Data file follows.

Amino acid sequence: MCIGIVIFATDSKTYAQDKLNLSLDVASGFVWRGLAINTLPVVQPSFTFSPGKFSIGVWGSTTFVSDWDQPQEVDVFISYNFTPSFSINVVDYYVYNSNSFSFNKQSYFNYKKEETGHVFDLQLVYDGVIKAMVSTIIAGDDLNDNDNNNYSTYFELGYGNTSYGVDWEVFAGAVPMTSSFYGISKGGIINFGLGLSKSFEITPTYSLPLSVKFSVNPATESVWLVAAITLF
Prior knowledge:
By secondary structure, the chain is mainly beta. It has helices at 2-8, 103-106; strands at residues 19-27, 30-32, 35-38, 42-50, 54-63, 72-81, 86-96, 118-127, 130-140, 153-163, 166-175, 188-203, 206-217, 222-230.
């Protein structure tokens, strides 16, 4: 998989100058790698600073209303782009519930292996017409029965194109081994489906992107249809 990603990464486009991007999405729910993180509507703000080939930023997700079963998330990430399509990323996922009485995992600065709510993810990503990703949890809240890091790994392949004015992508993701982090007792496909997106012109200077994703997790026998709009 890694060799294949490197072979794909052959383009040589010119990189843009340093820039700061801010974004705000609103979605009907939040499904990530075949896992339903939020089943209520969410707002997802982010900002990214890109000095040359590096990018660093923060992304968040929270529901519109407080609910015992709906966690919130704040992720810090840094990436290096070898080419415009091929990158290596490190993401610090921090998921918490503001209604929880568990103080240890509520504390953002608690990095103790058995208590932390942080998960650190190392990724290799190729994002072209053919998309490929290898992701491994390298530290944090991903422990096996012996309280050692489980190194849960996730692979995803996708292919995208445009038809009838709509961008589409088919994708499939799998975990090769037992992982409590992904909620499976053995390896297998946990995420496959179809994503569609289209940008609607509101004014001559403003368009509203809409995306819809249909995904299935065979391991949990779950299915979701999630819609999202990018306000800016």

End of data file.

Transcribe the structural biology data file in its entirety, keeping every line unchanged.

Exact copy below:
Amino acid sequence: MCIGIVIFATDSKTYAQDKLNLSLDVASGFVWRGLAINTLPVVQPSFTFSPGKFSIGVWGSTTFVSDWDQPQEVDVFISYNFTPSFSINVVDYYVYNSNSFSFNKQSYFNYKKEETGHVFDLQLVYDGVIKAMVSTIIAGDDLNDNDNNNYSTYFELGYGNTSYGVDWEVFAGAVPMTSSFYGISKGGIINFGLGLSKSFEITPTYSLPLSVKFSVNPATESVWLVAAITLF
Prior knowledge:
By secondary structure, the chain is mainly beta. It has helices at 2-8, 103-106; strands at residues 19-27, 30-32, 35-38, 42-50, 54-63, 72-81, 86-96, 118-127, 130-140, 153-163, 166-175, 188-203, 206-217, 222-230.
């Protein structure tokens, strides 16, 4: 998989100058790698600073209303782009519930292996017409029965194109081994489906992107249809 990603990464486009991007999405729910993180509507703000080939930023997700079963998330990430399509990323996922009485995992600065709510993810990503990703949890809240890091790994392949004015992508993701982090007792496909997106012109200077994703997790026998709009 890694060799294949490197072979794909052959383009040589010119990189843009340093820039700061801010974004705000609103979605009907939040499904990530075949896992339903939020089943209520969410707002997802982010900002990214890109000095040359590096990018660093923060992304968040929270529901519109407080609910015992709906966690919130704040992720810090840094990436290096070898080419415009091929990158290596490190993401610090921090998921918490503001209604929880568990103080240890509520504390953002608690990095103790058995208590932390942080998960650190190392990724290799190729994002072209053919998309490929290898992701491994390298530290944090991903422990096996012996309280050692489980190194849960996730692979995803996708292919995208445009038809009838709509961008589409088919994708499939799998975990090769037992992982409590992904909620499976053995390896297998946990995420496959179809994503569609289209940008609607509101004014001559403003368009509203809409995306819809249909995904299935065979391991949990779950299915979701999630819609999202990018306000800016």